Friday night at the V&A was a like treasure hunt. They had asked 19 architects to submit plans for ‘small spaces’ that explore the idea of refuge and retreat – and seven were selected to make 1:1 scale models, which are now on display all over the museum. A map (and my terrible map reading skills) led us to the first installation; the delightfully wooden “woodshed” by Rural Studio (a programme of a school of architecture at Auburn University):
Our explorations then took us on to my idea of heaven…
…a multi-storey book shelf, with built-in stairs and seats for hiding away with a good book; or as it is more properly known; “Ark” by Rinatala Eggertsson Architects:
Having proclaimed this one our favourite, we were instantly proved wrong when we ventured outside to find the Ratatosk; a tactile, organic and enveloping structure by Helen & Hard Architects:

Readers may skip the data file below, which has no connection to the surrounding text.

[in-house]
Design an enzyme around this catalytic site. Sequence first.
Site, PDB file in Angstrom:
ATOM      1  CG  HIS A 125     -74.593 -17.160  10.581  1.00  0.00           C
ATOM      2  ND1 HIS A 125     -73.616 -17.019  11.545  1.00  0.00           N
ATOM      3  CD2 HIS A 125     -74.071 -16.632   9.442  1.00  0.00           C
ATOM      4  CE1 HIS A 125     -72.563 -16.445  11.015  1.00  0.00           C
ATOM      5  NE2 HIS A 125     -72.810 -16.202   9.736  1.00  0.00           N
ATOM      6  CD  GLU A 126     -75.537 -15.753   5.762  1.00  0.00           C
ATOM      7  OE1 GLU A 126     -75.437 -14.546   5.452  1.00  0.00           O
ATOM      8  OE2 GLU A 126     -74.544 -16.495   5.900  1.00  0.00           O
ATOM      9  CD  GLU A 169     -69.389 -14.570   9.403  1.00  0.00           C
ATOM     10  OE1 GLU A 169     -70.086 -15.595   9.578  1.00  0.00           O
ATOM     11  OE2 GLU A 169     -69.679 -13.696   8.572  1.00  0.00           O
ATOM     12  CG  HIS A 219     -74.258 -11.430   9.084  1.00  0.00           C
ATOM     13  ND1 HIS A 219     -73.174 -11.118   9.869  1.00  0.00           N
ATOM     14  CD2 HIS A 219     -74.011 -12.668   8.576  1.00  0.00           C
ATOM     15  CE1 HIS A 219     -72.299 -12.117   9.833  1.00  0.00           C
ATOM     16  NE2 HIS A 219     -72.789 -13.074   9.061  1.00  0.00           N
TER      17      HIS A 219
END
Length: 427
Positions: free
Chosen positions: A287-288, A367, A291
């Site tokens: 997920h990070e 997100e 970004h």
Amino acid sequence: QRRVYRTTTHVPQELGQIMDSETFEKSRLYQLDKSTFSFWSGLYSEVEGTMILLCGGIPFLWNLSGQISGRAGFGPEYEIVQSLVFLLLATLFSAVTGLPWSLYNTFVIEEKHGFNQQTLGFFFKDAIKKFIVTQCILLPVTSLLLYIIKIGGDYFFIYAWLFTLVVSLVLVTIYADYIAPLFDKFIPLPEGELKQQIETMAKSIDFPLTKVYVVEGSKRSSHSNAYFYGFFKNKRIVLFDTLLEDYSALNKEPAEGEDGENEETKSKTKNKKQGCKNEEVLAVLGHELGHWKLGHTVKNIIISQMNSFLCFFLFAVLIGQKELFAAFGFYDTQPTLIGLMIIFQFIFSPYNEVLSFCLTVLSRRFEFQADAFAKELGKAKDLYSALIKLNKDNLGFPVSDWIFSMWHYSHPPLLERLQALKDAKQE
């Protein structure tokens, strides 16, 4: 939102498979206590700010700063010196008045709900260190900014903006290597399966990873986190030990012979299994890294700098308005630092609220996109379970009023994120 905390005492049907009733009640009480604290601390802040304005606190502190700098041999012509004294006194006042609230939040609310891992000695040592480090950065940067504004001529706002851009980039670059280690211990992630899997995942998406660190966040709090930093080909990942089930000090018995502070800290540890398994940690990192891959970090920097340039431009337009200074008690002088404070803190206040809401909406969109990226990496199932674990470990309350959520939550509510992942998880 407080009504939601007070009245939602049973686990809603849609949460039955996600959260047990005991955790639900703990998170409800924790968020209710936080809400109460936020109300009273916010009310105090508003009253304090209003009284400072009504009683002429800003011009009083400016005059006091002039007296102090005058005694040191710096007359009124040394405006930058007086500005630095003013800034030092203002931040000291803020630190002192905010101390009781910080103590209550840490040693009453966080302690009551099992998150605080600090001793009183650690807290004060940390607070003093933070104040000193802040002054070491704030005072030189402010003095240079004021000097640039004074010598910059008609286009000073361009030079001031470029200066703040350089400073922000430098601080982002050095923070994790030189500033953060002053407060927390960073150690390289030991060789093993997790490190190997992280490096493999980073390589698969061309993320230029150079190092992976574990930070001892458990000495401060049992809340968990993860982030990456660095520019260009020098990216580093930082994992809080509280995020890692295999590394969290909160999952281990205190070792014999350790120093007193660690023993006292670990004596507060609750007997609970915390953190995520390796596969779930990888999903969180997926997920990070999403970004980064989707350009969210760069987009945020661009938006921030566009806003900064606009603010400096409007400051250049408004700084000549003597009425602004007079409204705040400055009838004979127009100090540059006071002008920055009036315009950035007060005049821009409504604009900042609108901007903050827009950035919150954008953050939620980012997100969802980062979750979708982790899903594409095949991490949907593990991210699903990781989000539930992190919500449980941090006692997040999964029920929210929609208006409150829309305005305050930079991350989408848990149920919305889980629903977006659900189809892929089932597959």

A bit more map reading; and we discovered a part of the V&A I have never been to before and Beetle’s House – the final favourite!
So what did I learn? That I really must take a V&A tour one of these days, that architecture doesn’t have to be about straight lines and tessellating boxes; it can create rooms within rooms – little sanctuaries within busy homes; it can be organic and sculptural and full of quirks and surprises… and that I’m definitely having a tree house in my garden as soon as I’ve got a garden!
It’s on until 30th August: http://www.vam.ac.uk/collections/architecture/smallspaces/index.html
Further reading / watching for the especially geeky:
- terunobu fujimori: beetle’s house (designboom.com)
- http://www.vam.ac.uk/collections/architecture/smallspaces/videos/Terunobu%20Fujimori/index.html (V&A)
- 1:1 with the V&A’s Small Spaces (guardian.co.uk)
- The Two Story, Climb Inside Bookshelf Tower (apartmenttherapy.com)
- helen and hard: ratatosk (designboom.com)
- http://www.vam.ac.uk/collections/architecture/smallspaces/videos/Rural-Studio/index.html (V&A)